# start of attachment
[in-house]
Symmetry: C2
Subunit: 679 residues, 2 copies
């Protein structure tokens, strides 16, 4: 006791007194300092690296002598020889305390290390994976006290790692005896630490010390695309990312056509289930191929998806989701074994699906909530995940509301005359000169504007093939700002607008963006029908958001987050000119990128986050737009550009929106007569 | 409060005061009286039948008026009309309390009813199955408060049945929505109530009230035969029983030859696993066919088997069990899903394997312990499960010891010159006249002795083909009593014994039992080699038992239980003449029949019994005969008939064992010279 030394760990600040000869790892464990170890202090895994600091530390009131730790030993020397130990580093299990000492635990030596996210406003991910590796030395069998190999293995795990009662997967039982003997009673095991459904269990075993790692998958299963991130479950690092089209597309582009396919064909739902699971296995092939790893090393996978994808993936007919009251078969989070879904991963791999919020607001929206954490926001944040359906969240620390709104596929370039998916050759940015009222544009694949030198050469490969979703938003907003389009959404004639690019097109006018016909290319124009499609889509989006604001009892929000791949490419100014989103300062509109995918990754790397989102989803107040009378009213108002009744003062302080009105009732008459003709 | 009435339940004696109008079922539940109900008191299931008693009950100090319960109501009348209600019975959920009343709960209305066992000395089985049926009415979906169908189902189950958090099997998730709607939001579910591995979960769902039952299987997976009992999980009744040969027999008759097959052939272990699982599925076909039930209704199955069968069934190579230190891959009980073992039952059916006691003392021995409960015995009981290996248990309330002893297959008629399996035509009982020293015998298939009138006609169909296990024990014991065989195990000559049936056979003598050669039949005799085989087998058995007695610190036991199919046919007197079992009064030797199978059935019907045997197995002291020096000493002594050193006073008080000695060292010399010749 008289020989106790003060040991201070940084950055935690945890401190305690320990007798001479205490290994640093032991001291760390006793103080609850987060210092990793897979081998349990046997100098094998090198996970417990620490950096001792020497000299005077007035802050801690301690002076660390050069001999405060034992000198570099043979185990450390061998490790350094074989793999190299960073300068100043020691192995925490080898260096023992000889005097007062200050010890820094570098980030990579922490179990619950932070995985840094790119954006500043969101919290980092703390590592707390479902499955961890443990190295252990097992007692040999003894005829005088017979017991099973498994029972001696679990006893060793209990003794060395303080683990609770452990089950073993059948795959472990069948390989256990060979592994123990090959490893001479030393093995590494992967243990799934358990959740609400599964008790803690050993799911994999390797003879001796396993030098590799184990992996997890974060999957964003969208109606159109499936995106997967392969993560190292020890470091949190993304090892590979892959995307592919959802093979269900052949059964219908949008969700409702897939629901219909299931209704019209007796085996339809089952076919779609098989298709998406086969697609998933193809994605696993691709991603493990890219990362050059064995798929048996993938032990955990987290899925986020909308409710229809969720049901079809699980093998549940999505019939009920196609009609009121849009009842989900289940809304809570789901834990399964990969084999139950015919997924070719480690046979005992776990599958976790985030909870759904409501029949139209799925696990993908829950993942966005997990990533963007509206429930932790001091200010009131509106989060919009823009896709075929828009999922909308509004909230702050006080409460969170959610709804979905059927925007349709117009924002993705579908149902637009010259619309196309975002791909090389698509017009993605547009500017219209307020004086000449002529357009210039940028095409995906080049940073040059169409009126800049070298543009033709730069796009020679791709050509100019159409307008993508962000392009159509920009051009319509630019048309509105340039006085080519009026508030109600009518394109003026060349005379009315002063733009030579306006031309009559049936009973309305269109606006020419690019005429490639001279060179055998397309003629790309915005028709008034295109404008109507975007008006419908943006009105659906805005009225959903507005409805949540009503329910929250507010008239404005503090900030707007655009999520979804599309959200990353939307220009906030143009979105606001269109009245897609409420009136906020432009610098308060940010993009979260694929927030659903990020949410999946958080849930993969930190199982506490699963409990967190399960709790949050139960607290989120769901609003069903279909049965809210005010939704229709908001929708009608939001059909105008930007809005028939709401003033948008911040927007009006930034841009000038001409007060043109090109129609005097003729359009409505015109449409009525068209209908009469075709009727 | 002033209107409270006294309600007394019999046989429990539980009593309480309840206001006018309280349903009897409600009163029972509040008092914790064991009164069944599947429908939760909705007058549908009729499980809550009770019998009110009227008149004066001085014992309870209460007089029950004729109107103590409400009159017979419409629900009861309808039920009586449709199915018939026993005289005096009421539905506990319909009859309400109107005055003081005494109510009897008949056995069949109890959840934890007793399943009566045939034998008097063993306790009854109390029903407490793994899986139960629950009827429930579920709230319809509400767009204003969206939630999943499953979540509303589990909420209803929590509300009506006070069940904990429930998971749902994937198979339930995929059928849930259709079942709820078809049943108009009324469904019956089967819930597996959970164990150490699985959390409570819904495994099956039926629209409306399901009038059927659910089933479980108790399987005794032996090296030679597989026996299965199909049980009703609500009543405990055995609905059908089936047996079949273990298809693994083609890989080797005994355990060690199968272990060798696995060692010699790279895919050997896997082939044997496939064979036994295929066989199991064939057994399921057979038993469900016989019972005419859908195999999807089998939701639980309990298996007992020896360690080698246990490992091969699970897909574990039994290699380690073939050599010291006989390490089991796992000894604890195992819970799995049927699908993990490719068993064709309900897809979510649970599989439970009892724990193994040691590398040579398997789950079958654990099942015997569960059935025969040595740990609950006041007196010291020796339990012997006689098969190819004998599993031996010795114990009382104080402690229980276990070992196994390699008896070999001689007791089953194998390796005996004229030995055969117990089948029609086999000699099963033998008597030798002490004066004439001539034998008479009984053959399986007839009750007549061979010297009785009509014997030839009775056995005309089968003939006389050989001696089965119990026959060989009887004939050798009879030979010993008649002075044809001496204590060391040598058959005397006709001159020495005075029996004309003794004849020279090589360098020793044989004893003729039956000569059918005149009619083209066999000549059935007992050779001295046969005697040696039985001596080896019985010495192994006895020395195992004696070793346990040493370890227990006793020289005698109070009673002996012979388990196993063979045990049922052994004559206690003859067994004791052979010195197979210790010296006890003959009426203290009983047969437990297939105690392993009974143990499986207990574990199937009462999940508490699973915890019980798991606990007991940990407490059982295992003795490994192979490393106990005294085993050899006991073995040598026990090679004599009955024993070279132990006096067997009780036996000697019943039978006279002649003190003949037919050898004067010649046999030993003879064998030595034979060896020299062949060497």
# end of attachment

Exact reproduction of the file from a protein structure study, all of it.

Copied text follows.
[in-house]
Symmetry: C2
Subunit: 679 residues, 2 copies
């Protein structure tokens, strides 16, 4: 006791007194300092690296002598020889305390290390994976006290790692005896630490010390695309990312056509289930191929998806989701074994699906909530995940509301005359000169504007093939700002607008963006029908958001987050000119990128986050737009550009929106007569 | 409060005061009286039948008026009309309390009813199955408060049945929505109530009230035969029983030859696993066919088997069990899903394997312990499960010891010159006249002795083909009593014994039992080699038992239980003449029949019994005969008939064992010279 030394760990600040000869790892464990170890202090895994600091530390009131730790030993020397130990580093299990000492635990030596996210406003991910590796030395069998190999293995795990009662997967039982003997009673095991459904269990075993790692998958299963991130479950690092089209597309582009396919064909739902699971296995092939790893090393996978994808993936007919009251078969989070879904991963791999919020607001929206954490926001944040359906969240620390709104596929370039998916050759940015009222544009694949030198050469490969979703938003907003389009959404004639690019097109006018016909290319124009499609889509989006604001009892929000791949490419100014989103300062509109995918990754790397989102989803107040009378009213108002009744003062302080009105009732008459003709 | 009435339940004696109008079922539940109900008191299931008693009950100090319960109501009348209600019975959920009343709960209305066992000395089985049926009415979906169908189902189950958090099997998730709607939001579910591995979960769902039952299987997976009992999980009744040969027999008759097959052939272990699982599925076909039930209704199955069968069934190579230190891959009980073992039952059916006691003392021995409960015995009981290996248990309330002893297959008629399996035509009982020293015998298939009138006609169909296990024990014991065989195990000559049936056979003598050669039949005799085989087998058995007695610190036991199919046919007197079992009064030797199978059935019907045997197995002291020096000493002594050193006073008080000695060292010399010749 008289020989106790003060040991201070940084950055935690945890401190305690320990007798001479205490290994640093032991001291760390006793103080609850987060210092990793897979081998349990046997100098094998090198996970417990620490950096001792020497000299005077007035802050801690301690002076660390050069001999405060034992000198570099043979185990450390061998490790350094074989793999190299960073300068100043020691192995925490080898260096023992000889005097007062200050010890820094570098980030990579922490179990619950932070995985840094790119954006500043969101919290980092703390590592707390479902499955961890443990190295252990097992007692040999003894005829005088017979017991099973498994029972001696679990006893060793209990003794060395303080683990609770452990089950073993059948795959472990069948390989256990060979592994123990090959490893001479030393093995590494992967243990799934358990959740609400599964008790803690050993799911994999390797003879001796396993030098590799184990992996997890974060999957964003969208109606159109499936995106997967392969993560190292020890470091949190993304090892590979892959995307592919959802093979269900052949059964219908949008969700409702897939629901219909299931209704019209007796085996339809089952076919779609098989298709998406086969697609998933193809994605696993691709991603493990890219990362050059064995798929048996993938032990955990987290899925986020909308409710229809969720049901079809699980093998549940999505019939009920196609009609009121849009009842989900289940809304809570789901834990399964990969084999139950015919997924070719480690046979005992776990599958976790985030909870759904409501029949139209799925696990993908829950993942966005997990990533963007509206429930932790001091200010009131509106989060919009823009896709075929828009999922909308509004909230702050006080409460969170959610709804979905059927925007349709117009924002993705579908149902637009010259619309196309975002791909090389698509017009993605547009500017219209307020004086000449002529357009210039940028095409995906080049940073040059169409009126800049070298543009033709730069796009020679791709050509100019159409307008993508962000392009159509920009051009319509630019048309509105340039006085080519009026508030109600009518394109003026060349005379009315002063733009030579306006031309009559049936009973309305269109606006020419690019005429490639001279060179055998397309003629790309915005028709008034295109404008109507975007008006419908943006009105659906805005009225959903507005409805949540009503329910929250507010008239404005503090900030707007655009999520979804599309959200990353939307220009906030143009979105606001269109009245897609409420009136906020432009610098308060940010993009979260694929927030659903990020949410999946958080849930993969930190199982506490699963409990967190399960709790949050139960607290989120769901609003069903279909049965809210005010939704229709908001929708009608939001059909105008930007809005028939709401003033948008911040927007009006930034841009000038001409007060043109090109129609005097003729359009409505015109449409009525068209209908009469075709009727 | 002033209107409270006294309600007394019999046989429990539980009593309480309840206001006018309280349903009897409600009163029972509040008092914790064991009164069944599947429908939760909705007058549908009729499980809550009770019998009110009227008149004066001085014992309870209460007089029950004729109107103590409400009159017979419409629900009861309808039920009586449709199915018939026993005289005096009421539905506990319909009859309400109107005055003081005494109510009897008949056995069949109890959840934890007793399943009566045939034998008097063993306790009854109390029903407490793994899986139960629950009827429930579920709230319809509400767009204003969206939630999943499953979540509303589990909420209803929590509300009506006070069940904990429930998971749902994937198979339930995929059928849930259709079942709820078809049943108009009324469904019956089967819930597996959970164990150490699985959390409570819904495994099956039926629209409306399901009038059927659910089933479980108790399987005794032996090296030679597989026996299965199909049980009703609500009543405990055995609905059908089936047996079949273990298809693994083609890989080797005994355990060690199968272990060798696995060692010699790279895919050997896997082939044997496939064979036994295929066989199991064939057994399921057979038993469900016989019972005419859908195999999807089998939701639980309990298996007992020896360690080698246990490992091969699970897909574990039994290699380690073939050599010291006989390490089991796992000894604890195992819970799995049927699908993990490719068993064709309900897809979510649970599989439970009892724990193994040691590398040579398997789950079958654990099942015997569960059935025969040595740990609950006041007196010291020796339990012997006689098969190819004998599993031996010795114990009382104080402690229980276990070992196994390699008896070999001689007791089953194998390796005996004229030995055969117990089948029609086999000699099963033998008597030798002490004066004439001539034998008479009984053959399986007839009750007549061979010297009785009509014997030839009775056995005309089968003939006389050989001696089965119990026959060989009887004939050798009879030979010993008649002075044809001496204590060391040598058959005397006709001159020495005075029996004309003794004849020279090589360098020793044989004893003729039956000569059918005149009619083209066999000549059935007992050779001295046969005697040696039985001596080896019985010495192994006895020395195992004696070793346990040493370890227990006793020289005698109070009673002996012979388990196993063979045990049922052994004559206690003859067994004791052979010195197979210790010296006890003959009426203290009983047969437990297939105690392993009974143990499986207990574990199937009462999940508490699973915890019980798991606990007991940990407490059982295992003795490994192979490393106990005294085993050899006991073995040598026990090679004599009955024993070279132990006096067997009780036996000697019943039978006279002649003190003949037919050898004067010649046999030993003879064998030595034979060896020299062949060497």